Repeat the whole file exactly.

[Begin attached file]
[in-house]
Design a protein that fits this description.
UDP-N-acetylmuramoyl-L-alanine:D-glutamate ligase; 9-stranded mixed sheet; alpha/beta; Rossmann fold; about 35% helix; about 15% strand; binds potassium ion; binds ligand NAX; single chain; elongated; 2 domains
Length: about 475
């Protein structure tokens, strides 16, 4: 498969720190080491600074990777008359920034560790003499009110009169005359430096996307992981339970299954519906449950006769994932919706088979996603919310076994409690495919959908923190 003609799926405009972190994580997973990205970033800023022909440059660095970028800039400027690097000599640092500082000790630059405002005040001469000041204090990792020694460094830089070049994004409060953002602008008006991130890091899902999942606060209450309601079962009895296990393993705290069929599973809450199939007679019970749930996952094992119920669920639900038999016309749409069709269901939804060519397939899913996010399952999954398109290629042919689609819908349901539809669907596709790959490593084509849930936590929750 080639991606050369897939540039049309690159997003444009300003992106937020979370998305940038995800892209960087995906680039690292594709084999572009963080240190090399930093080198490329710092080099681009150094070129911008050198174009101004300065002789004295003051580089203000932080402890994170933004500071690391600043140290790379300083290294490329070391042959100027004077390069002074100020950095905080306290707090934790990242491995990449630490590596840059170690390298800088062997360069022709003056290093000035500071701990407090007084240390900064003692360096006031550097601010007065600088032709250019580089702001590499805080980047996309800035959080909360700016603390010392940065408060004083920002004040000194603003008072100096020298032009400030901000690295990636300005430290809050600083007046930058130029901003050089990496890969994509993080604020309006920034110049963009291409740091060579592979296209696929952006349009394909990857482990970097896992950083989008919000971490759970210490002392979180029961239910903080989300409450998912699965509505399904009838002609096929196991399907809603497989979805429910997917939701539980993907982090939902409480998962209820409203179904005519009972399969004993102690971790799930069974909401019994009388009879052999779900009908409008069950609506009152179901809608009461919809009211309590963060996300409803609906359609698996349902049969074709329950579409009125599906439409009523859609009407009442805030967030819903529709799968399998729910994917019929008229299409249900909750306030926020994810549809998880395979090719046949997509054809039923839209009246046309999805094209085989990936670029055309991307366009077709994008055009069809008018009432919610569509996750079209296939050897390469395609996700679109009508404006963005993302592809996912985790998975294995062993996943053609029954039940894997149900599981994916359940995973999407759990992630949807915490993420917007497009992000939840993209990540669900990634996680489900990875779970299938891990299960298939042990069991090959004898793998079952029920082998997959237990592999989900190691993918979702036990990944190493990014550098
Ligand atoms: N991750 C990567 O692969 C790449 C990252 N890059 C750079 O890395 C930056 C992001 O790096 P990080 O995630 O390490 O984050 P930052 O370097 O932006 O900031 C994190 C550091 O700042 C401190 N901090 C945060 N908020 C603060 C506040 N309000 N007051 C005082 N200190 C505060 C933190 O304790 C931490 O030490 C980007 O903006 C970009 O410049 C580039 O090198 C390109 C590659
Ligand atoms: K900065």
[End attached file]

[in-house]
Design a protein that fits this description.
UDP-N-acetylmuramoyl-L-alanine:D-glutamate ligase; 9-stranded mixed sheet; alpha/beta; Rossmann fold; about 35% helix; about 15% strand; binds potassium ion; binds ligand NAX; single chain; elongated; 2 domains
Length: about 475
């Protein structure tokens, strides 16, 4: 498969720190080491600074990777008359920034560790003499009110009169005359430096996307992981339970299954519906449950006769994932919706088979996603919310076994409690495919959908923190 003609799926405009972190994580997973990205970033800023022909440059660095970028800039400027690097000599640092500082000790630059405002005040001469000041204090990792020694460094830089070049994004409060953002602008008006991130890091899902999942606060209450309601079962009895296990393993705290069929599973809450199939007679019970749930996952094992119920669920639900038999016309749409069709269901939804060519397939899913996010399952999954398109290629042919689609819908349901539809669907596709790959490593084509849930936590929750 080639991606050369897939540039049309690159997003444009300003992106937020979370998305940038995800892209960087995906680039690292594709084999572009963080240190090399930093080198490329710092080099681009150094070129911008050198174009101004300065002789004295003051580089203000932080402890994170933004500071690391600043140290790379300083290294490329070391042959100027004077390069002074100020950095905080306290707090934790990242491995990449630490590596840059170690390298800088062997360069022709003056290093000035500071701990407090007084240390900064003692360096006031550097601010007065600088032709250019580089702001590499805080980047996309800035959080909360700016603390010392940065408060004083920002004040000194603003008072100096020298032009400030901000690295990636300005430290809050600083007046930058130029901003050089990496890969994509993080604020309006920034110049963009291409740091060579592979296209696929952006349009394909990857482990970097896992950083989008919000971490759970210490002392979180029961239910903080989300409450998912699965509505399904009838002609096929196991399907809603497989979805429910997917939701539980993907982090939902409480998962209820409203179904005519009972399969004993102690971790799930069974909401019994009388009879052999779900009908409008069950609506009152179901809608009461919809009211309590963060996300409803609906359609698996349902049969074709329950579409009125599906439409009523859609009407009442805030967030819903529709799968399998729910994917019929008229299409249900909750306030926020994810549809998880395979090719046949997509054809039923839209009246046309999805094209085989990936670029055309991307366009077709994008055009069809008018009432919610569509996750079209296939050897390469395609996700679109009508404006963005993302592809996912985790998975294995062993996943053609029954039940894997149900599981994916359940995973999407759990992630949807915490993420917007497009992000939840993209990540669900990634996680489900990875779970299938891990299960298939042990069991090959004898793998079952029920082998997959237990592999989900190691993918979702036990990944190493990014550098
Ligand atoms: N991750 C990567 O692969 C790449 C990252 N890059 C750079 O890395 C930056 C992001 O790096 P990080 O995630 O390490 O984050 P930052 O370097 O932006 O900031 C994190 C550091 O700042 C401190 N901090 C945060 N908020 C603060 C506040 N309000 N007051 C005082 N200190 C505060 C933190 O304790 C931490 O030490 C980007 O903006 C970009 O410049 C580039 O090198 C390109 C590659
Ligand atoms: K900065």